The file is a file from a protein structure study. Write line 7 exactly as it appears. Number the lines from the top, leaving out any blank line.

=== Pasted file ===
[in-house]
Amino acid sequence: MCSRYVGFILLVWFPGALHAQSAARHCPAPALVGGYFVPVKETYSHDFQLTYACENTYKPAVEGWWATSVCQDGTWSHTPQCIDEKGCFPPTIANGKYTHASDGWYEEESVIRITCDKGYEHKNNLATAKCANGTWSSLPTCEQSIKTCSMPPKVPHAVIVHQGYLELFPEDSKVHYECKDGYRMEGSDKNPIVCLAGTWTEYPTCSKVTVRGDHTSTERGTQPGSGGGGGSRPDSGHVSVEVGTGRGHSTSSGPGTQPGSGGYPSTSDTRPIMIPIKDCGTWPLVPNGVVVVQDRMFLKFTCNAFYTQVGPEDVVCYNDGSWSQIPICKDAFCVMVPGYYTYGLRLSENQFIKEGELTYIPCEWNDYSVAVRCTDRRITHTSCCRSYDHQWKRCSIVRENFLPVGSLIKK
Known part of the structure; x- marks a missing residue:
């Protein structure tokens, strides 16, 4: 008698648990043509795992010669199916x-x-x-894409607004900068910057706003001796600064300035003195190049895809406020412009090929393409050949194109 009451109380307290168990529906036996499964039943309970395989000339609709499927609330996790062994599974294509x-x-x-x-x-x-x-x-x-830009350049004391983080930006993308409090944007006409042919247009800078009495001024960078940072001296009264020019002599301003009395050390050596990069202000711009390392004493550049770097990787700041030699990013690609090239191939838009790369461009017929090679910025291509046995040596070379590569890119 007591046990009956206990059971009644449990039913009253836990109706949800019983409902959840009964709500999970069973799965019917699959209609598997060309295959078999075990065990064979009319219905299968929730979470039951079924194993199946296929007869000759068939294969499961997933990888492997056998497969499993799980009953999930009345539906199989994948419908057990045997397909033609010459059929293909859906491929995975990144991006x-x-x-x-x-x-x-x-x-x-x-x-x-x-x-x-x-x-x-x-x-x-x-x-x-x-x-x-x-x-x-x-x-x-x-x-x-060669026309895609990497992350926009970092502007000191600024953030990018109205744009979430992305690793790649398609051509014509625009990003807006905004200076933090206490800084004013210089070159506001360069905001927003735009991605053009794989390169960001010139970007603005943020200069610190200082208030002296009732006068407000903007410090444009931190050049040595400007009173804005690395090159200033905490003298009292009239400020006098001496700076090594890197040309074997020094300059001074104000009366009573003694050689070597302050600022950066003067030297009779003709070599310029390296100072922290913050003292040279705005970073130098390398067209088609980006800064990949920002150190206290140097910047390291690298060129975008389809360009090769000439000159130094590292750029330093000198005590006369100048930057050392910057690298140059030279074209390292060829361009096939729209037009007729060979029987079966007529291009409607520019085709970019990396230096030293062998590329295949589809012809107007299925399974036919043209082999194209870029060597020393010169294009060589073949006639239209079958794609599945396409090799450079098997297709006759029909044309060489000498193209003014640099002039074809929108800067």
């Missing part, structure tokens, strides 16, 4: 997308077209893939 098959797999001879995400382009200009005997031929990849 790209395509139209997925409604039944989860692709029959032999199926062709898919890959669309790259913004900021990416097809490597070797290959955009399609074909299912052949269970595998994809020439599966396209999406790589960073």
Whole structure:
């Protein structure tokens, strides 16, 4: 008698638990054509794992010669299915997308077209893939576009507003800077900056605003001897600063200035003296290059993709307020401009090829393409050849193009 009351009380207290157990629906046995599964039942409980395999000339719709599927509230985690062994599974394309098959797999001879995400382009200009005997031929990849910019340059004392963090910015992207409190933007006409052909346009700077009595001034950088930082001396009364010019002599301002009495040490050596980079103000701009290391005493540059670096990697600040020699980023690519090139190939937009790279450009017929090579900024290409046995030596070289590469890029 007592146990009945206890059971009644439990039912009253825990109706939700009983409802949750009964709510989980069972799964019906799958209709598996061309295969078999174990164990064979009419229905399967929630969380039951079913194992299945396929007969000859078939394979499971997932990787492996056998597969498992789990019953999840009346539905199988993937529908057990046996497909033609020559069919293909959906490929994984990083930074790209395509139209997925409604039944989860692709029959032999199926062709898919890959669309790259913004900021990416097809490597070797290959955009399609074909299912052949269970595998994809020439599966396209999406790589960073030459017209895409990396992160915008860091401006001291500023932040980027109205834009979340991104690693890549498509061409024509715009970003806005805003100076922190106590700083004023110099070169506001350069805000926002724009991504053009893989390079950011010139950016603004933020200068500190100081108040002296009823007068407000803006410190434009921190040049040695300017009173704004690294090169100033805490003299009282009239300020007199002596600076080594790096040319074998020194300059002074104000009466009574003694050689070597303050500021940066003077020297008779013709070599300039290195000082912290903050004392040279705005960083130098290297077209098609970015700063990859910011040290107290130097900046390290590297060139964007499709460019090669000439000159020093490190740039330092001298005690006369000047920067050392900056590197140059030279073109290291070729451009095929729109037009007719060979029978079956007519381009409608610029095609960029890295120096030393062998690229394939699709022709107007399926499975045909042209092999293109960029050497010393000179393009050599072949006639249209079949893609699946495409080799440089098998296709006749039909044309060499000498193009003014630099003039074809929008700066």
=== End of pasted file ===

């Protein structure tokens, strides 16, 4: 008698638990054509794992010669299915997308077209893939576009507003800077900056605003001897600063200035003296290059993709307020401009090829393409050849193009 009351009380207290157990629906046995599964039942409980395999000339719709599927509230985690062994599974394309098959797999001879995400382009200009005997031929990849910019340059004392963090910015992207409190933007006409052909346009700077009595001034950088930082001396009364010019002599301002009495040490050596980079103000701009290391005493540059670096990697600040020699980023690519090139190939937009790279450009017929090579900024290409046995030596070289590469890029 007592146990009945206890059971009644439990039912009253825990109706939700009983409802949750009964709510989980069972799964019906799958209709598996061309295969078999174990164990064979009419229905399967929630969380039951079913194992299945396929007969000859078939394979499971997932990787492996056998597969498992789990019953999840009346539905199988993937529908057990046996497909033609020559069919293909959906490929994984990083930074790209395509139209997925409604039944989860692709029959032999199926062709898919890959669309790259913004900021990416097809490597070797290959955009399609074909299912052949269970595998994809020439599966396209999406790589960073030459017209895409990396992160915008860091401006001291500023932040980027109205834009979340991104690693890549498509061409024509715009970003806005805003100076922190106590700083004023110099070169506001350069805000926002724009991504053009893989390079950011010139950016603004933020200068500190100081108040002296009823007068407000803006410190434009921190040049040695300017009173704004690294090169100033805490003299009282009239300020007199002596600076080594790096040319074998020194300059002074104000009466009574003694050689070597303050500021940066003077020297008779013709070599300039290195000082912290903050004392040279705005960083130098290297077209098609970015700063990859910011040290107290130097900046390290590297060139964007499709460019090669000439000159020093490190740039330092001298005690006369000047920067050392900056590197140059030279073109290291070729451009095929729109037009007719060979029978079956007519381009409608610029095609960029890295120096030393062998690229394939699709022709107007399926499975045909042209092999293109960029050497010393000179393009050599072949006639249209079949893609699946495409080799440089098998296709006749039909044309060499000498193009003014630099003039074809929008700066």